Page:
1/2 cup almond flour
1 tsp baking powder
1 tsp mustard powder
1/4 cup freshly shredded mozzarella cheese
1/4 cup freshly shredded cheddar, monterey jack or a combo
2/3 c almond milk
1 tsp melted coconut oil
3 large eggs, whisked
1 tbsp worcestershire sauce
1/2 tsp sea salt
1/2 tsp freshly ground pepper

1/4 cup (or less) freshly grated parmesan cheese

Preheat oven to 400 degrees.

Step 1:  Place zucchini and salt in cheese cloth (or clean tea towel).  Let sit at least 15 minutes before squeezing out all of the liquid.  Sometimes I squeeze it out, then go back to my prep work and squeeze one more time right before adding it.

Step 2:  Melt coconut oil in a skillet, sauté onion (season with s&p) until translucent, then place in a large bowl.  Sauté mushrooms (season with s&p) in the same pan, transfer to the bowl.  Finally, sauté the spinach (season with s&p) until wilted and set aside.

Step 3:  Combine the parsley, almond flour, baking powder and cheeses with the onion and mushrooms.  Add the milk, coconut oil, eggs, worcestershire sauce, S&P and combine.  Add the drained zucchini and spinach and mix until combined.

Step 4:  Pour mixture into a deep dish pie plate sprayed with olive oil (I use my Misto).  Top with Parmesan cheese.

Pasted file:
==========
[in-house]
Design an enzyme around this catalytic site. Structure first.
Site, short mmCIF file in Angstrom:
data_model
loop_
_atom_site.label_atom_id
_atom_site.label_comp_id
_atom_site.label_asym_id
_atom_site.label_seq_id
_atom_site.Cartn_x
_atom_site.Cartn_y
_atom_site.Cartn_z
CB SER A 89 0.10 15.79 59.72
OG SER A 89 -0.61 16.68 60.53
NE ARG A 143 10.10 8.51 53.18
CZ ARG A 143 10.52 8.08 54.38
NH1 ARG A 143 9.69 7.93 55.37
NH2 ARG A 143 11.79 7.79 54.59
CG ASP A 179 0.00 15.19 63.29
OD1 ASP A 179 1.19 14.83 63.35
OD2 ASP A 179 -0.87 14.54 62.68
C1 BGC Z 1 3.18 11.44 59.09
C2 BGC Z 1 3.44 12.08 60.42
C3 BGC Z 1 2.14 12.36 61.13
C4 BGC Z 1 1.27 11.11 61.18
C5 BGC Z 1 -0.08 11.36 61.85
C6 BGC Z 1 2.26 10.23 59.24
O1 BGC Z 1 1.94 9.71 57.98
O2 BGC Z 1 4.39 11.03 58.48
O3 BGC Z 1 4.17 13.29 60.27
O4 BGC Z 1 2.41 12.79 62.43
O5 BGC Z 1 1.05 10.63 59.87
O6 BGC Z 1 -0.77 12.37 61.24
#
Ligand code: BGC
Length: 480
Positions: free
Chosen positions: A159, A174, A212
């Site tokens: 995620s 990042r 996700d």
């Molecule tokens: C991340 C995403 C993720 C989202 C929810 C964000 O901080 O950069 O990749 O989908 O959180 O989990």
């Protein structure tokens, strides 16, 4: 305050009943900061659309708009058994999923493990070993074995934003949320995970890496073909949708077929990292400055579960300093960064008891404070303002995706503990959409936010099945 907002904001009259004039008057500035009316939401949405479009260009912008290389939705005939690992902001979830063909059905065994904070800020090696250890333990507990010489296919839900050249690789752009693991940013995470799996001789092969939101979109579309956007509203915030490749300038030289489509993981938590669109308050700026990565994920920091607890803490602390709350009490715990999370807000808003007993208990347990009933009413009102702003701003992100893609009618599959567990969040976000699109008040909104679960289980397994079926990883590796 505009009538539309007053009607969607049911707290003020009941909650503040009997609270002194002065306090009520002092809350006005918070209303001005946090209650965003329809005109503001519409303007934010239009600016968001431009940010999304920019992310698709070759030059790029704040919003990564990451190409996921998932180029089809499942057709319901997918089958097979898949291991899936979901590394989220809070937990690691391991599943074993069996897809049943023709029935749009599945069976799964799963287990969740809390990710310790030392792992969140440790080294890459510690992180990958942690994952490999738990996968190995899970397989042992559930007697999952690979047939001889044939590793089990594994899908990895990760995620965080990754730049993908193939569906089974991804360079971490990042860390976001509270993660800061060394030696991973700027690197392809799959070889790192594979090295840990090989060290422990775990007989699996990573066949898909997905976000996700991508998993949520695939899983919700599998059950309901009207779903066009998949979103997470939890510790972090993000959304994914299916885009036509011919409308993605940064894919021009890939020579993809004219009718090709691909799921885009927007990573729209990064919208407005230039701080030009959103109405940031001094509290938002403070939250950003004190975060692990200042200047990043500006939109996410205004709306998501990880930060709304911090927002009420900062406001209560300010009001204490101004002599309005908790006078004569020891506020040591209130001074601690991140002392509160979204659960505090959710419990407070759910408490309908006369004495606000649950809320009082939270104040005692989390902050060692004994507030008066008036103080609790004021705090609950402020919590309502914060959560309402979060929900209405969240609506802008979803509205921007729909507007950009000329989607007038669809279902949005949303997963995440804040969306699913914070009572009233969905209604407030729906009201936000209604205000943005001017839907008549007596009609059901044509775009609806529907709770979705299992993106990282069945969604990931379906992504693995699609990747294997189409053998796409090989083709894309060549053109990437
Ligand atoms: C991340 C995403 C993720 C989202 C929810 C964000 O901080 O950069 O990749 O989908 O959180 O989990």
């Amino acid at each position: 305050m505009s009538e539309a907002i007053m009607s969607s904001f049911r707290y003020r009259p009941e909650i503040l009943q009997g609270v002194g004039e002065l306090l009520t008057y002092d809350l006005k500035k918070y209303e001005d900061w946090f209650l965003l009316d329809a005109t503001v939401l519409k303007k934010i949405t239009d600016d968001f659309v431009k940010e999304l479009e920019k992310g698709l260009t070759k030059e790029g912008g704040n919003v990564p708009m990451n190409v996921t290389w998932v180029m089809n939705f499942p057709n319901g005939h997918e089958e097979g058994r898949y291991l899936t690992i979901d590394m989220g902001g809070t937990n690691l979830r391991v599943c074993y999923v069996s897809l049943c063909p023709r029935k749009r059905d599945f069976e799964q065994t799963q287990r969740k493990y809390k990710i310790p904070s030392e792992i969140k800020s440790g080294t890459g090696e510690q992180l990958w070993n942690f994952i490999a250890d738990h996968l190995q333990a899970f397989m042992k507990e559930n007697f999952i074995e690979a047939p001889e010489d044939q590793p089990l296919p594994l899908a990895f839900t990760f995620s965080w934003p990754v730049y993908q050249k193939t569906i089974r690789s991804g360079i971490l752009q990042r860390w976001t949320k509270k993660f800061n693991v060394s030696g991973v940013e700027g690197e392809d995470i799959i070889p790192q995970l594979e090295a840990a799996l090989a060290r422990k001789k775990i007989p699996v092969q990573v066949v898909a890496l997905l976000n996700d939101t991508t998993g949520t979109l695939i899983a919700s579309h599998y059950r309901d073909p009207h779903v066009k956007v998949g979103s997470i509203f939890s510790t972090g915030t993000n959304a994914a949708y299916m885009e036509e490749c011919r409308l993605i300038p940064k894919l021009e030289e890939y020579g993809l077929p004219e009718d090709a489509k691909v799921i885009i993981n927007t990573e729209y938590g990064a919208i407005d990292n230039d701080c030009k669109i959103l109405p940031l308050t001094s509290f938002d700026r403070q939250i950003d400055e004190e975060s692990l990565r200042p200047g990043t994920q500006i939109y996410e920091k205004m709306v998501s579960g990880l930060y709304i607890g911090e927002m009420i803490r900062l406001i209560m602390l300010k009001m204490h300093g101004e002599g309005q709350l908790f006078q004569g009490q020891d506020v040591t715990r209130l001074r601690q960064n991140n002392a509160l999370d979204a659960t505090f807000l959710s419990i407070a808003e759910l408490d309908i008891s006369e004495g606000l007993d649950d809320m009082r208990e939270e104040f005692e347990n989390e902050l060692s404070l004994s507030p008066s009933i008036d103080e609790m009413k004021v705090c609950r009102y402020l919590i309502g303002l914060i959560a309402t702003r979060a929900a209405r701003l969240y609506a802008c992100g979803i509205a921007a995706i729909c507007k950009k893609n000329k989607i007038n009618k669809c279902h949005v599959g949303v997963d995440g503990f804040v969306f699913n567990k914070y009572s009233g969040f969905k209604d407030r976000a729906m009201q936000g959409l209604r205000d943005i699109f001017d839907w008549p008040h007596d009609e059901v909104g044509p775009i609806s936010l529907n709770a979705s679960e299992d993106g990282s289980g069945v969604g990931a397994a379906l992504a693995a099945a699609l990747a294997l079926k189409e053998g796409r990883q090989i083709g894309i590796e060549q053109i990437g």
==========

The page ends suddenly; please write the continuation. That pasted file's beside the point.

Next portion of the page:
Bake at 400 degrees until completely set, about 60-70 minutes (knife will come out clean and the top will get golden brown).  Cover the top of your pie with parchment paper if the cheese is getting too brown.

Remove from oven and let cool about 5-10 minutes before cutting.


Step 1: Prep the zucchini.  10_29_13 477 10_29_13 479 10_29_13 480

Step 2:  Yes, I know, I didn’t take pictures of my sautéd onions, mushrooms and spinach. No worries, you got this!

Step 3:  Here you can see all of the ingredients mixed up in one bowl.  IMG_5854


Step 4:  This is the end result, out of the oven, sliced and plated up!  Yum, yum, EXTRA YUM!  (Did anyone get that reference?  Probably not, because you have to have kids and you have to read some pretty random books to have gotten that one.  It’s from a book called “Little Pea”.)
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Pumpkin Pecan Spice Cookies with Chocolate Chips (Gluten Free with Paleo option)

I made these Pumpkin Pecan Caramel Bars to take to a friend recovering from surgery. We kept a few for ourselves, which everyone enjoyed!